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Mission Log Book (short story)

Posted on June 11, 2009 at 3:05 AM

<STATUS>

  • Log Entry #001
  • 26.03.4478 [16:04 hrs] Current Time (CT)
  • Launch Day {- 3:56 hrs} in flight
  • Position: Earth, U.S., NASA Launch Site

Less than four hours remain until the greatest and most expensive space mission in history will begin its launch sequence. I am lying in the front seat of my Ford Falcon (hover-craft 3000), my wife Annabelle curled up asleep next to me, the radio humming softly in the background while I stare up in wonder at humanity's most magnificent achievement – “The Phoenix 3”, the most advanced space-craft ever built on Earth. It took almost 350 years and 231 quadrillion dollars worth of wealth and recourses to make and test. It stands a glorious 7.5km high alone and can travel at a top speed of 300,000,000km a minute; survive all known space/atmospheric radiation; is invulnerable to mega-asteroids and has the strength to transport a human being outside this solar system. This is truly the glory of mankind. I have been waiting out here at the Phoenix's launch site since 10am this morning and since I have no more than three and a half hours left on this planet I don't plan on wasting this day on last-minute training programs, I'd rather spend it here with my wife. NASA scientists have asked each astronaut to keep a log book while on our trip, to record the mission statistics, our thoughts about the journey or any feelings based on living conditions within the vessel. I thought it would be best to complete my first entry before the launch. The mission to planet Juno itself will take about thirteen years, but because of the universal time difference over five hundred years will pass here on Earth, so by the time I return it will be close to the year 5100 A.D.  It is a great loss to suffer, outliving the rest of my family, my wife, but I will play a great role in the evolution of humanity and that alone is worth the life of one man. I would love to explain more but I must make some last minute preparations before the mission, the whole world will be watching this phenomenon and it must be perfect. I will resume my journal after lift-off, until then… goodbye.

  • <END_OF_LOG_BOOK_ENTRY[1]>

*   *   *

<STATUS>

  • Log Entry #002
  • 27.03.4078 [01:11 hrs] (CT)
  • 27.03.4078 [01:08 hrs] Shuttle Time (ST)
  • {+ 5:11.23 hrs} in flight
  • Position: 92,000,000km outside the [human inhabited] planet Mars

We are finally in flight. We left the Earth's atmosphere about five hours ago and we're heading towards Mars at about 18,000,000km/h WS (Warp Speed). We plan on touching down on Mars to re-fuel the ship with Dun^ne gas. Dun^ne gas will give us enough Turbo Boost to drive safely through the Asteroid Belt. The other members of my crew – John Mustan, Albert Smith, Tom Rogue and Edward Jones – are all very excited about the trip, as am I, but so far the mission has been pretty much as expected. We left Earth around eight today (or yesterday to be exact) and are scheduled to land on Mars around 6:30. All I've thought about since I left was Annabelle, oh how I miss her. I have kept close contact with Huston and made several news interviews, but as I said before, the missions been rather boring up to this point. It won't be long until we enter the asteroid belt, that's when the fun'll really start.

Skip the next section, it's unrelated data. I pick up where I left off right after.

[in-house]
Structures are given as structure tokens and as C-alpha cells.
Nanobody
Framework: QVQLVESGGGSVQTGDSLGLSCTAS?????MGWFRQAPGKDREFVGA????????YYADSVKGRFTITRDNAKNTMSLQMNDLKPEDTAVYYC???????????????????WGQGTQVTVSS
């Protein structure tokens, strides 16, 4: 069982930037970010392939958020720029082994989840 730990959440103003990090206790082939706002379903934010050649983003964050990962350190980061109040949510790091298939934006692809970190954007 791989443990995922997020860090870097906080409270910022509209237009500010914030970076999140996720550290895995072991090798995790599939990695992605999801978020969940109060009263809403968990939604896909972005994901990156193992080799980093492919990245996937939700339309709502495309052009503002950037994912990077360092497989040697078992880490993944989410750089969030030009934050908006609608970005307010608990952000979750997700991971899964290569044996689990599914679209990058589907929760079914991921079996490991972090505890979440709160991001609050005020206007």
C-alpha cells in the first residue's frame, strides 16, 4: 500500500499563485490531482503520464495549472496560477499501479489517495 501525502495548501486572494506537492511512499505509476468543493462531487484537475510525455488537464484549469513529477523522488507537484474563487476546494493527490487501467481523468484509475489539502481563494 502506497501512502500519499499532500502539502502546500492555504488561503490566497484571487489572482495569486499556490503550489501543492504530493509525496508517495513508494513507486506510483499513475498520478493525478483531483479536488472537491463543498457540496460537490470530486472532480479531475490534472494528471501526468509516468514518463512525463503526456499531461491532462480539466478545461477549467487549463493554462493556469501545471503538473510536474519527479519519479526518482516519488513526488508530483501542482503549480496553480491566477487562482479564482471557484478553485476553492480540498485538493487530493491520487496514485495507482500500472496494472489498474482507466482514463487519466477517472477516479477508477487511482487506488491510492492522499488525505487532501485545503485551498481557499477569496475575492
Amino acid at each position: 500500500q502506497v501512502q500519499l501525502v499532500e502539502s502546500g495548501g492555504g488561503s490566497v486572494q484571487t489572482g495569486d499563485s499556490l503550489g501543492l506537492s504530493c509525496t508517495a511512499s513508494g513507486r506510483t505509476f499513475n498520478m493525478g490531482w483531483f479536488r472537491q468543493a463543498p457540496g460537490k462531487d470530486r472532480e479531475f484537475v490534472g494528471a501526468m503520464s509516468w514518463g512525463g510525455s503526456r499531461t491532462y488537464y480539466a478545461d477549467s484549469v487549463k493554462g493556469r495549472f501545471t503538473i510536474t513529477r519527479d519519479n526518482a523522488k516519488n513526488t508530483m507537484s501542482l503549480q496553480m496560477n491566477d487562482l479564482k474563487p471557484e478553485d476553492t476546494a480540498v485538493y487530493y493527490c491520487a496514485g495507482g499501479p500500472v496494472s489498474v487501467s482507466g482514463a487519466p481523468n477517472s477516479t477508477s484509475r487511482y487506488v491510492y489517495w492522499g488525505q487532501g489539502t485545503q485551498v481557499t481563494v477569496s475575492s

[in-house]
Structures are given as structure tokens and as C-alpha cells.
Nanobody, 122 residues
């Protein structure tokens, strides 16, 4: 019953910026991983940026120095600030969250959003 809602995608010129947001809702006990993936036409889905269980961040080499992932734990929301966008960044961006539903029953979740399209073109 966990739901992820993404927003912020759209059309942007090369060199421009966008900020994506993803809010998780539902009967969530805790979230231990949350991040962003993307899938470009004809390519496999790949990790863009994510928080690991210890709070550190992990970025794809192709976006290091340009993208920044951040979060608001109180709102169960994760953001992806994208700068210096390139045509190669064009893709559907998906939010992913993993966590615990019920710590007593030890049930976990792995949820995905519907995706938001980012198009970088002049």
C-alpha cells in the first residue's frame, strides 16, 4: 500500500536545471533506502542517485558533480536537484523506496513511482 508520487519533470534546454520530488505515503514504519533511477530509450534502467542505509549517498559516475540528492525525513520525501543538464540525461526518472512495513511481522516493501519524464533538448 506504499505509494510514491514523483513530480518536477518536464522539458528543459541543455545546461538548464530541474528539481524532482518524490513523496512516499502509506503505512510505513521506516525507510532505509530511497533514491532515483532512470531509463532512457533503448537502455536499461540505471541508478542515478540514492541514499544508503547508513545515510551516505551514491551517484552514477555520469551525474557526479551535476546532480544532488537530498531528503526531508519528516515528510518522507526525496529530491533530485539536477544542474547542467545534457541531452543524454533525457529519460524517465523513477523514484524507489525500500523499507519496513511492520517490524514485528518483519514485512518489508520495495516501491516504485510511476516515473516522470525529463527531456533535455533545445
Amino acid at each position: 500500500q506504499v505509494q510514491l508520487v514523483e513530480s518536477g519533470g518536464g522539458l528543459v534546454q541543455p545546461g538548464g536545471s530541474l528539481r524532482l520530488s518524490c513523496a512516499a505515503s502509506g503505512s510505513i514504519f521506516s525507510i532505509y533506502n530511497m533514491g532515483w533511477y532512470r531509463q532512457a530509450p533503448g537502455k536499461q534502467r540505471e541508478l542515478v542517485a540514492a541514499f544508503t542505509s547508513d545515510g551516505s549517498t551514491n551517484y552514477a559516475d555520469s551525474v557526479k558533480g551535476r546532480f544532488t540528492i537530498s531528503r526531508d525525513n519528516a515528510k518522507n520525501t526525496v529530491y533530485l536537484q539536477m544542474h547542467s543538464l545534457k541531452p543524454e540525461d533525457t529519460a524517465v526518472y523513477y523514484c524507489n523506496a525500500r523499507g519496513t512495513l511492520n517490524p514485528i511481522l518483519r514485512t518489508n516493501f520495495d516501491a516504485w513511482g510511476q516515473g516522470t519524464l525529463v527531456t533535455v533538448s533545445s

• <END_OF_LOG_BOOK_ENTRY[2]>

*   *   *

<STATUS>

  • Log Entry #003
  • 27.03.4078 [06:57 hrs] (CT)
  • 27.03.4078 [06:42 hrs] (ST)
  • {+ 10:38.97 hrs (on land)} in flight
  • Position: Mars, Northern Plate, Sector 8-F

As expected we landed on Mars about twenty minutes ago. We didn’t bother getting out to greet the rocket technicians so they got straight to work installing the turbo thrusters and fueling them up. They should be ready in about half an hour or so. I can't remember the last time I visited Mars. It must have been roughly ten years ago that I flew to the ‘red planet’ for a trip with my wife (God bless her). It hasn't really changed much, though it feels much colder and electronic than Earth, like one big round factory. It's amazing that thousands of years ago Mars was just an empty island of rock and dust. Oh good, the turbo thrusters have been installed ahead of schedule, in that case we ought to launch through the asteroid belt around seven. I'd better go get ready, see you in about four hours. Bye.

  • <END_OF_LOG_BOOK_ENTRY[3]>

*   *   *

<STATUS>

  • Log Entry #004
  • 27.03.4078 [11:12 hrs] (CT)
  • 27.03.4078 [09:04 hrs] (ST)
  • {+ 14:06.45 hrs} in flight
  • Position: 500,000km outside the asteroid field, heading towards Jupiter

Whoa, what a rush. We made it though. That was the best moment of my life, if you haven't guessed we've just come out of “turbo mode” going through the asteroid belt and let me tell you: IT WAS INTENSE. We're currently heading towards Jupiter at a slow 2,000km/s. I can just make out one of the planets' moons in the distance; I'm not sure which one though. Once we pass Jupiter we'll move into orbit over the Ring of Saturn, although it'll take over half a month to reach Saturn at this speed. Everything concerning the mission has gone according to plan so far, though I did make note of a strange object drifting along the perimeter of the asteroid field an hour or so back. I mentioned it to Huston and they too had no record of it, though they said not to worry, as it's no doubt just some space-wreckage from a previous space mission. I've become great friends with the rest of the crew, especially young Tom. We spend most of our time reading and playing chess. It can become very quiet and lonely out here at times. Sometimes you'll get very cold and frightened for no particular reason, though most of the time you'll be too busy to notice.

  • <END_OF_LOG_BOOK_ENTRY[4]>

*   *   *

<STATUS>

  • Log Entry #005
  • 18.07.4078 [02:04 hrs] (CT)
  • 13.04.4078 [00:45 hrs] (ST)
  • {+ 423:34.18 hrs} in flight
  • Position: Orbiting through the Ring of Saturn